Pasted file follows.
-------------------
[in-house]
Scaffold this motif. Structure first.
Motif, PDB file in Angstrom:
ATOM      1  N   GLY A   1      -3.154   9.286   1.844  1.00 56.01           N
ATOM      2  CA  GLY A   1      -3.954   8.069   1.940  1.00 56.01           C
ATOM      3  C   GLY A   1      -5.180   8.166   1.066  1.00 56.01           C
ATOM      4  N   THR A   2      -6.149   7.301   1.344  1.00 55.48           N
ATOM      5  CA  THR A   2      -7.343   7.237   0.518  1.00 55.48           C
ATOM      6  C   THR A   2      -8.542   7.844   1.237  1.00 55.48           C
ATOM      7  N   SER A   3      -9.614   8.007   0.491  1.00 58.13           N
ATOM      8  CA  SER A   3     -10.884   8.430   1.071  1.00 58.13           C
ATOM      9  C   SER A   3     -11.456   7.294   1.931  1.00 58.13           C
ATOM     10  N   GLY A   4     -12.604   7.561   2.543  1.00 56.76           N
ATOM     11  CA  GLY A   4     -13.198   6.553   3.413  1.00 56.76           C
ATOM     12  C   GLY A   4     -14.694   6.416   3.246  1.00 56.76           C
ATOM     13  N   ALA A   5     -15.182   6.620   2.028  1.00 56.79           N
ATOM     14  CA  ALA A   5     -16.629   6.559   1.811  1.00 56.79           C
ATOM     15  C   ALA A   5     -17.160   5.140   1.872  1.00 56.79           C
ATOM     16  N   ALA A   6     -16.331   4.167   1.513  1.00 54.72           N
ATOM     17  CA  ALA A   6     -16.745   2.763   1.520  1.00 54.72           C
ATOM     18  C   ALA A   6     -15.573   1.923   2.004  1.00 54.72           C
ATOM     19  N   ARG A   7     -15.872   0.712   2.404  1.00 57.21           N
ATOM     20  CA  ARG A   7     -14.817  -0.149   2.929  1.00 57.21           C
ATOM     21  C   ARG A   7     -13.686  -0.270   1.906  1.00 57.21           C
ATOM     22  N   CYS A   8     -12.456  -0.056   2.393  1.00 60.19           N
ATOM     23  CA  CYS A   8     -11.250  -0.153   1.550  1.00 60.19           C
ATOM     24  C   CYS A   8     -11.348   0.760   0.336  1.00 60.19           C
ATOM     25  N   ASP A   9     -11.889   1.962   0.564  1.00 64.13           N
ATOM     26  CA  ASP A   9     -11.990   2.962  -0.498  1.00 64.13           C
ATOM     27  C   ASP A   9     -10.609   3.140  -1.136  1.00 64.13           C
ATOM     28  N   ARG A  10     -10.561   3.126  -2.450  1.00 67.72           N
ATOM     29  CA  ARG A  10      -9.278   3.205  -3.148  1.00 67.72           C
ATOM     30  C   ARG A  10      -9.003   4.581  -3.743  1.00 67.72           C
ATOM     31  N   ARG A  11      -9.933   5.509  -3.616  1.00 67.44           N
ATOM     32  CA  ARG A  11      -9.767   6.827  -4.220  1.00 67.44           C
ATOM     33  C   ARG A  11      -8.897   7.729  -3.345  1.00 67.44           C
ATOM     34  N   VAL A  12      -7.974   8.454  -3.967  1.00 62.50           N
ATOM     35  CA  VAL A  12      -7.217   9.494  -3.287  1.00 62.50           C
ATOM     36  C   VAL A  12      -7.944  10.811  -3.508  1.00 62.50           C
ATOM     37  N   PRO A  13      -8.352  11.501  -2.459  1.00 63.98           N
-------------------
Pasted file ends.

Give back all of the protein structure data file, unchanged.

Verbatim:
[in-house]
Scaffold this motif. Structure first.
Motif, PDB file in Angstrom:
ATOM      1  N   GLY A   1      -3.154   9.286   1.844  1.00 56.01           N
ATOM      2  CA  GLY A   1      -3.954   8.069   1.940  1.00 56.01           C
ATOM      3  C   GLY A   1      -5.180   8.166   1.066  1.00 56.01           C
ATOM      4  N   THR A   2      -6.149   7.301   1.344  1.00 55.48           N
ATOM      5  CA  THR A   2      -7.343   7.237   0.518  1.00 55.48           C
ATOM      6  C   THR A   2      -8.542   7.844   1.237  1.00 55.48           C
ATOM      7  N   SER A   3      -9.614   8.007   0.491  1.00 58.13           N
ATOM      8  CA  SER A   3     -10.884   8.430   1.071  1.00 58.13           C
ATOM      9  C   SER A   3     -11.456   7.294   1.931  1.00 58.13           C
ATOM     10  N   GLY A   4     -12.604   7.561   2.543  1.00 56.76           N
ATOM     11  CA  GLY A   4     -13.198   6.553   3.413  1.00 56.76           C
ATOM     12  C   GLY A   4     -14.694   6.416   3.246  1.00 56.76           C
ATOM     13  N   ALA A   5     -15.182   6.620   2.028  1.00 56.79           N
ATOM     14  CA  ALA A   5     -16.629   6.559   1.811  1.00 56.79           C
ATOM     15  C   ALA A   5     -17.160   5.140   1.872  1.00 56.79           C
ATOM     16  N   ALA A   6     -16.331   4.167   1.513  1.00 54.72           N
ATOM     17  CA  ALA A   6     -16.745   2.763   1.520  1.00 54.72           C
ATOM     18  C   ALA A   6     -15.573   1.923   2.004  1.00 54.72           C
ATOM     19  N   ARG A   7     -15.872   0.712   2.404  1.00 57.21           N
ATOM     20  CA  ARG A   7     -14.817  -0.149   2.929  1.00 57.21           C
ATOM     21  C   ARG A   7     -13.686  -0.270   1.906  1.00 57.21           C
ATOM     22  N   CYS A   8     -12.456  -0.056   2.393  1.00 60.19           N
ATOM     23  CA  CYS A   8     -11.250  -0.153   1.550  1.00 60.19           C
ATOM     24  C   CYS A   8     -11.348   0.760   0.336  1.00 60.19           C
ATOM     25  N   ASP A   9     -11.889   1.962   0.564  1.00 64.13           N
ATOM     26  CA  ASP A   9     -11.990   2.962  -0.498  1.00 64.13           C
ATOM     27  C   ASP A   9     -10.609   3.140  -1.136  1.00 64.13           C
ATOM     28  N   ARG A  10     -10.561   3.126  -2.450  1.00 67.72           N
ATOM     29  CA  ARG A  10      -9.278   3.205  -3.148  1.00 67.72           C
ATOM     30  C   ARG A  10      -9.003   4.581  -3.743  1.00 67.72           C
ATOM     31  N   ARG A  11      -9.933   5.509  -3.616  1.00 67.44           N
ATOM     32  CA  ARG A  11      -9.767   6.827  -4.220  1.00 67.44           C
ATOM     33  C   ARG A  11      -8.897   7.729  -3.345  1.00 67.44           C
ATOM     34  N   VAL A  12      -7.974   8.454  -3.967  1.00 62.50           N
ATOM     35  CA  VAL A  12      -7.217   9.494  -3.287  1.00 62.50           C
ATOM     36  C   VAL A  12      -7.944  10.811  -3.508  1.00 62.50           C
ATOM     37  N   PRO A  13      -8.352  11.501  -2.459  1.00 63.98           N